Blair and Nazarbayev
Tony Blair (right) pictured here in 2006 with the Kazakh president Nursultan Nazarbayev for whom he acted as a consultantReuters

Tony Blair made more than £5m ($7.20m) a year by advising the brutal dictator of Kazakhstan, according to a dossier of emails from his consultancy which were leaked to the Daily Mail. The emails seem to show that the former British prime minister's company has made huge sums of money advising the country's authoritarian president Nursultan Nazarbayev.

The tabloid newspaper also alleges that representatives for Tony Blair Associates (TBA) first made contact with Kazakh authorities in 2008, a year after Blair left office in the UK, and that he has been offering advice for at least six years.

Amongst the allegations made by the Mail is the suggestion that Blair's firm "rewrote a speech for Mr Nazarbayev to fend off criticism" following the 2011 massacre of 15 unarmed political protesters, and that for a fee he would personally become "particularly closely involved", despite longstanding international fears of the central Asian country's poor human rights record. By the time the contract between the two parties was renewed in 2014, Tony Blair Associates was making around $6.3m (£5.3m) a year from advising Nazarbayev.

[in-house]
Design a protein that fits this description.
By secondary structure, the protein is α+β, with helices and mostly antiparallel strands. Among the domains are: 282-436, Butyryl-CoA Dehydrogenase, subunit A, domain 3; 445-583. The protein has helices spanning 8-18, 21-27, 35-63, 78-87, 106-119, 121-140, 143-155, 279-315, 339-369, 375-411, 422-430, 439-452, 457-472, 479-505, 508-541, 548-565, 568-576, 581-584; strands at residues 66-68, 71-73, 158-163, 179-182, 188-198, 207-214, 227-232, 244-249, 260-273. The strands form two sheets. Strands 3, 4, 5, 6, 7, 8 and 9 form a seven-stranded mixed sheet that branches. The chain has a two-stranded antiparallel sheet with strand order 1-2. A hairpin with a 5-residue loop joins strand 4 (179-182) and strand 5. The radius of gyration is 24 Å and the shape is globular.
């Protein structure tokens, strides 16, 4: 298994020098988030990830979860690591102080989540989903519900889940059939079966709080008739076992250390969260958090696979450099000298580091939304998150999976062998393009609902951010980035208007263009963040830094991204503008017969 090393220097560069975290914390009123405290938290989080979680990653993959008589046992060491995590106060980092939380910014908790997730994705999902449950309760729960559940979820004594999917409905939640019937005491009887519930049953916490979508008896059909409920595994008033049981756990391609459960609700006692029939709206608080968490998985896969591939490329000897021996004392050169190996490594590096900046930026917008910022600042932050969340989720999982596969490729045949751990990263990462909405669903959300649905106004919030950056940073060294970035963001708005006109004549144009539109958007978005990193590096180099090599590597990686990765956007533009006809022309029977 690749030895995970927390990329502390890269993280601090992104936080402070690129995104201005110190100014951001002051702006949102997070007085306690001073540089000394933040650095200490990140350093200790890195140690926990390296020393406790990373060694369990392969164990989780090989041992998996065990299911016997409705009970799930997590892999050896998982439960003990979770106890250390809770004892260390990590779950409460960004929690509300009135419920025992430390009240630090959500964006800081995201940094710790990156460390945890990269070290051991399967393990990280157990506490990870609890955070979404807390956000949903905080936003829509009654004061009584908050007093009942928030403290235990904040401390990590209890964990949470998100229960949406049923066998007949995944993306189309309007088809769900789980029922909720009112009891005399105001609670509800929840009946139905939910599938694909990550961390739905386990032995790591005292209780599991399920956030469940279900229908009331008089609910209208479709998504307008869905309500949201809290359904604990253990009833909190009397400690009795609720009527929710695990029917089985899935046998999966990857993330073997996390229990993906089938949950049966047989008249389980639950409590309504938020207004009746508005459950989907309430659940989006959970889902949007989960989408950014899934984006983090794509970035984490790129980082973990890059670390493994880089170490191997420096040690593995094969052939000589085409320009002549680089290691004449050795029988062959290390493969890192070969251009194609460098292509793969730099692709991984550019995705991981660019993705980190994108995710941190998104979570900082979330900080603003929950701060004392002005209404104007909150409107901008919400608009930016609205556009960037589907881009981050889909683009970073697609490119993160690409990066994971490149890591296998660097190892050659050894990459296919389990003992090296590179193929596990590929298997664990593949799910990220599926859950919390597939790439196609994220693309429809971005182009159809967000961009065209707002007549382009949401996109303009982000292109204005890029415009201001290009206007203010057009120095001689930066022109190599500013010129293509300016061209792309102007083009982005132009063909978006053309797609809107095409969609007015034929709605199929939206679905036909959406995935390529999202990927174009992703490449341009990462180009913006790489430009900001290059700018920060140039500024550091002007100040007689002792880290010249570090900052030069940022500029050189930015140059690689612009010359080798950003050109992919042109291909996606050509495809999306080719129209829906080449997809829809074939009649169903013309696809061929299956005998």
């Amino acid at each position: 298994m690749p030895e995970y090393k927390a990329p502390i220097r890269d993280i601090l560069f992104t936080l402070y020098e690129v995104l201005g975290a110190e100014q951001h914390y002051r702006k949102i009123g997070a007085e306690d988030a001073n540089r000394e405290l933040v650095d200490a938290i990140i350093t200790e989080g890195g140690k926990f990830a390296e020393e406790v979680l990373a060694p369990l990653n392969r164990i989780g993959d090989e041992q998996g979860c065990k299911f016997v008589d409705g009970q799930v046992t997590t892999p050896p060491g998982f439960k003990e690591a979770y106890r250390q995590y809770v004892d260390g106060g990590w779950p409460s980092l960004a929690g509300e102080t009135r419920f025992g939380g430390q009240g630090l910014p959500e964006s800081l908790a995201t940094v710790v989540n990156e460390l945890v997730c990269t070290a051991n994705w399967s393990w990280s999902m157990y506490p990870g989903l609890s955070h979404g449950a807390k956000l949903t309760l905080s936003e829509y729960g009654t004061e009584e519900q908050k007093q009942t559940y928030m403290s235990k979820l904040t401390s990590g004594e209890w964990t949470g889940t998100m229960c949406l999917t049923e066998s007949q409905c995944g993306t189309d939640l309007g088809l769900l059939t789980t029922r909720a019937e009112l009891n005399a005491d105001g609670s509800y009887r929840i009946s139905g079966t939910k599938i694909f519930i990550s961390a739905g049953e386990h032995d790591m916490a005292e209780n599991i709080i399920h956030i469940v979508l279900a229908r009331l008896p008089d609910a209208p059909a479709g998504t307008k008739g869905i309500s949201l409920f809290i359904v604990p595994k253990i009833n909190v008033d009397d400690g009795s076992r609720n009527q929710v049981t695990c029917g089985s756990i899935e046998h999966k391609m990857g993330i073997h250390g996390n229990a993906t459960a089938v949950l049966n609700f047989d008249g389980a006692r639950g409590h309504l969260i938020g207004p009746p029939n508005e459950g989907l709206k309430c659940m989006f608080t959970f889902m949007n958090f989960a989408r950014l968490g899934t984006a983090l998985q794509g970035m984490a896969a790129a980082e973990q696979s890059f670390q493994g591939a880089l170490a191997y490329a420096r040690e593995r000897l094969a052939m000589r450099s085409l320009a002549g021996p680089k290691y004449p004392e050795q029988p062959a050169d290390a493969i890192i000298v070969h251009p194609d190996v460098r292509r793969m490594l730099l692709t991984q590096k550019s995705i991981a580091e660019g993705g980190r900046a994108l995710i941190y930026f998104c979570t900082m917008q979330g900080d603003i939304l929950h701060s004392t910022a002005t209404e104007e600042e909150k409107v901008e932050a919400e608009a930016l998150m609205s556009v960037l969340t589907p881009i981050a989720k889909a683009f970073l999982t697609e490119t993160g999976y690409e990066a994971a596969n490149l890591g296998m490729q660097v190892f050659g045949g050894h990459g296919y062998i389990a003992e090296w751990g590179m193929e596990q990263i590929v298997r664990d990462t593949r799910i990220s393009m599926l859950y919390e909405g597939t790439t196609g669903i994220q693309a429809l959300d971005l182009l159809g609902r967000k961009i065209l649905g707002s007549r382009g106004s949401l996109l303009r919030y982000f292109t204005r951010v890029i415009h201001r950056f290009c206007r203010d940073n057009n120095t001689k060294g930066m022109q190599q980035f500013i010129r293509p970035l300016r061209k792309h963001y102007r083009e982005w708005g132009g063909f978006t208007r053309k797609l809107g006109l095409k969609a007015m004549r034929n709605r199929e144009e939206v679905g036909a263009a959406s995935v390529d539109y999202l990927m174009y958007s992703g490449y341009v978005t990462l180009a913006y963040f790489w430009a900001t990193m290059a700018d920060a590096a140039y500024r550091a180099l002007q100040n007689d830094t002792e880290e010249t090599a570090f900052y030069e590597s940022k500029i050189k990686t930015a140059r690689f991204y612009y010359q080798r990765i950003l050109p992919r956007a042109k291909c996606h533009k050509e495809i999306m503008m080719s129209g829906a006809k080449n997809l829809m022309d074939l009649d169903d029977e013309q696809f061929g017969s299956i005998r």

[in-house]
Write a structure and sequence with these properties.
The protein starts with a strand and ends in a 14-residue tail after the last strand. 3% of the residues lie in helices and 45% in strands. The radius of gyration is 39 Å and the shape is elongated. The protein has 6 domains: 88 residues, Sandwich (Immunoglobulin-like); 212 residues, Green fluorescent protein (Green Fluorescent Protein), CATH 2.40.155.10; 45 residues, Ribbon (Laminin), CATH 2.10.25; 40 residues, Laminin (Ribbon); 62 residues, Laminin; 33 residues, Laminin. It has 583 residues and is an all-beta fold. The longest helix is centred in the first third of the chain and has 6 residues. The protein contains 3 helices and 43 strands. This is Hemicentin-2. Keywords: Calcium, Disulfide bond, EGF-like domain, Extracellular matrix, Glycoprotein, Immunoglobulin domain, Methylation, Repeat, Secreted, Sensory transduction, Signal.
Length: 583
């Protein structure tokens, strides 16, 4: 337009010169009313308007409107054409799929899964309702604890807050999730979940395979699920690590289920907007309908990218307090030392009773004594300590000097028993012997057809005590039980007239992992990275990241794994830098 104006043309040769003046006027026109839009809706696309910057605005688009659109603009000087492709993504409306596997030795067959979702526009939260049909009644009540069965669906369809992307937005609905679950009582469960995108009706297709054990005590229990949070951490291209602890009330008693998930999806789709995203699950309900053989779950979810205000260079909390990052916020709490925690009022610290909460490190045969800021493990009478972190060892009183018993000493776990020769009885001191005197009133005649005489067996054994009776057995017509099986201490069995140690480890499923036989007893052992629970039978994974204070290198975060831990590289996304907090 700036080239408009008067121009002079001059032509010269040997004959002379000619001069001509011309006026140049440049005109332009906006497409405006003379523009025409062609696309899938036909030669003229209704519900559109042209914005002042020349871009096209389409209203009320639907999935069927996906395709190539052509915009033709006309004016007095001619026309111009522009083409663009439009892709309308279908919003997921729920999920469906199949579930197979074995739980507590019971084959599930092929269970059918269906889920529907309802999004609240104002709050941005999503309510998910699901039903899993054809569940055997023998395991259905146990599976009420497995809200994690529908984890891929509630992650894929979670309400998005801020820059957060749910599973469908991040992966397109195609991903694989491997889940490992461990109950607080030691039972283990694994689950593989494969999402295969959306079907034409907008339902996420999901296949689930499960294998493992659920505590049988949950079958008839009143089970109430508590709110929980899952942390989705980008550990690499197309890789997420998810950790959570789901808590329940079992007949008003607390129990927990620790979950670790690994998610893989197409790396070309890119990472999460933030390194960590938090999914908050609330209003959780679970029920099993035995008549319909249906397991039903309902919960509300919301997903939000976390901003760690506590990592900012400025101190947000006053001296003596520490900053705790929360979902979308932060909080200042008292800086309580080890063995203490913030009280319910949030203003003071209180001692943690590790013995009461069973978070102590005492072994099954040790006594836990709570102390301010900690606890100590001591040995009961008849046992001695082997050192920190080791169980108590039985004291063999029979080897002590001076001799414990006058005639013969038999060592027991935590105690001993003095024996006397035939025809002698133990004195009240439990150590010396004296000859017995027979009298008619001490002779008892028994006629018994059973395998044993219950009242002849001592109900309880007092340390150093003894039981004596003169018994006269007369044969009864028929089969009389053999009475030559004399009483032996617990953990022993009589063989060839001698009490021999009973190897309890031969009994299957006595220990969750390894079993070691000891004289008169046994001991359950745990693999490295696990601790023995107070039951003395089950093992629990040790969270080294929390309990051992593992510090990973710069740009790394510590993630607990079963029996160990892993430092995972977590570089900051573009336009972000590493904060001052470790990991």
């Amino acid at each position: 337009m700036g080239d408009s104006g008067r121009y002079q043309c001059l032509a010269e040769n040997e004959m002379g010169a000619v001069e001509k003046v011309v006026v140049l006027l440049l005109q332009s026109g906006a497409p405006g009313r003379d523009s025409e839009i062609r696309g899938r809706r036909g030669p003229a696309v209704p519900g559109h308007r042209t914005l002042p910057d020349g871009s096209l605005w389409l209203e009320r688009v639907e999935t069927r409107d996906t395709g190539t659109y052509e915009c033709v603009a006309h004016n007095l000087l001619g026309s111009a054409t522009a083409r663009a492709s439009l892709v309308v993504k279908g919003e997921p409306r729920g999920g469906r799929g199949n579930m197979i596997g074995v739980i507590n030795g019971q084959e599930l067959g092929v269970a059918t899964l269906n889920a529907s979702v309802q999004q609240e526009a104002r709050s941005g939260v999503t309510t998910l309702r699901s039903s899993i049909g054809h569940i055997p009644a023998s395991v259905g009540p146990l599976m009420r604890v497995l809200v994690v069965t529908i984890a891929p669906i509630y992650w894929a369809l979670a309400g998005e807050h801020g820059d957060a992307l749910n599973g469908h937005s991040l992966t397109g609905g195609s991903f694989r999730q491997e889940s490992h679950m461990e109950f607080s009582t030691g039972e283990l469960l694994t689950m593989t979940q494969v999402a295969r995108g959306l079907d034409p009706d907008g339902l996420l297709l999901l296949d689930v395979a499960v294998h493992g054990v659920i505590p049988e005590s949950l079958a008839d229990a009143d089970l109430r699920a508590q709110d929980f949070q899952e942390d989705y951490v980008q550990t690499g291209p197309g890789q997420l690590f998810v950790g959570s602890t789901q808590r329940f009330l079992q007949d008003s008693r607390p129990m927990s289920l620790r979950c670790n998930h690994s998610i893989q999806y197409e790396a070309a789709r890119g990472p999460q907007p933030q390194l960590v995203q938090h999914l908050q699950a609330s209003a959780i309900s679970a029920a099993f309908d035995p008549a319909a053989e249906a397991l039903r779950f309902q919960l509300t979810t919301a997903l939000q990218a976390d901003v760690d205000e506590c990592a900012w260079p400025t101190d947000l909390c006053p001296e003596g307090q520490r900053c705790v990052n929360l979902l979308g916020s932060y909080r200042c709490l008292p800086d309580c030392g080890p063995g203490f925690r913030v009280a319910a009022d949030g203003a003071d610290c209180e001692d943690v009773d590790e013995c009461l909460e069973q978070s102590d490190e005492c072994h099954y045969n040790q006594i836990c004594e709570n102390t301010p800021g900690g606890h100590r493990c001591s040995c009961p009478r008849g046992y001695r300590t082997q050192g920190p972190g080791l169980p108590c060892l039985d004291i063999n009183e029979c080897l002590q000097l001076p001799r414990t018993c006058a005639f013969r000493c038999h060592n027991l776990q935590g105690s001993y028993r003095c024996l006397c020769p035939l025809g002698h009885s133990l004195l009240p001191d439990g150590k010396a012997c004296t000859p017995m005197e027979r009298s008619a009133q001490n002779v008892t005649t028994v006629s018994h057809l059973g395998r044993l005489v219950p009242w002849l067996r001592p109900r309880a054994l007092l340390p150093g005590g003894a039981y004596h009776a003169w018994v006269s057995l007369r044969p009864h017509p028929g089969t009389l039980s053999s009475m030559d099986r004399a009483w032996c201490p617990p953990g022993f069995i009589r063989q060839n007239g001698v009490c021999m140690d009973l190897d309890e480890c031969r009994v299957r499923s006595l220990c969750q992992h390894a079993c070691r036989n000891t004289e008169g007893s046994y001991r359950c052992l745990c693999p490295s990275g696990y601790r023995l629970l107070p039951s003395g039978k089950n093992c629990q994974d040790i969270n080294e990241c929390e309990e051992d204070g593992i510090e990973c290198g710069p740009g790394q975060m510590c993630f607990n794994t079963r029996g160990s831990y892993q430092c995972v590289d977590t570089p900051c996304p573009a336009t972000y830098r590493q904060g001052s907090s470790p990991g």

This fee was set out in an email in December 2014 from Andreas Baumgartner, one of TBA's most senior representatives, to the Kazakh ambassador to London. TBA asked for $2.65m for "political advice", $2.55m for helping uphold the rule of law, on top of $1.1m for services running the nation's civil service academy.

That same email also spoke of a deal in which TBA hoped to establish a further contract with the Kazakh National Bank, and mentioned a meeting between its governor Kairat Kelimbetov and Blair the next day.

According to the Mail's report, Blair "denies making any personal profit from his deals with Kazakhstan. His office has said he simply helped to set up an advisory group and had not personally advised Mr Nazarbayev".

The money TBA was supposed to receive for its Kazakh deals was due to be paid through a firm called Windrush Ventures No.3 LP – one of several companies linked to the Labour leader. The Mail reports that the complex network of corporations that have been set up has made it too hard to work out exactly either what TBA receives from its work, nor how much Blair personally profits.

There are no international sanctions currently in force against Kazakhstan.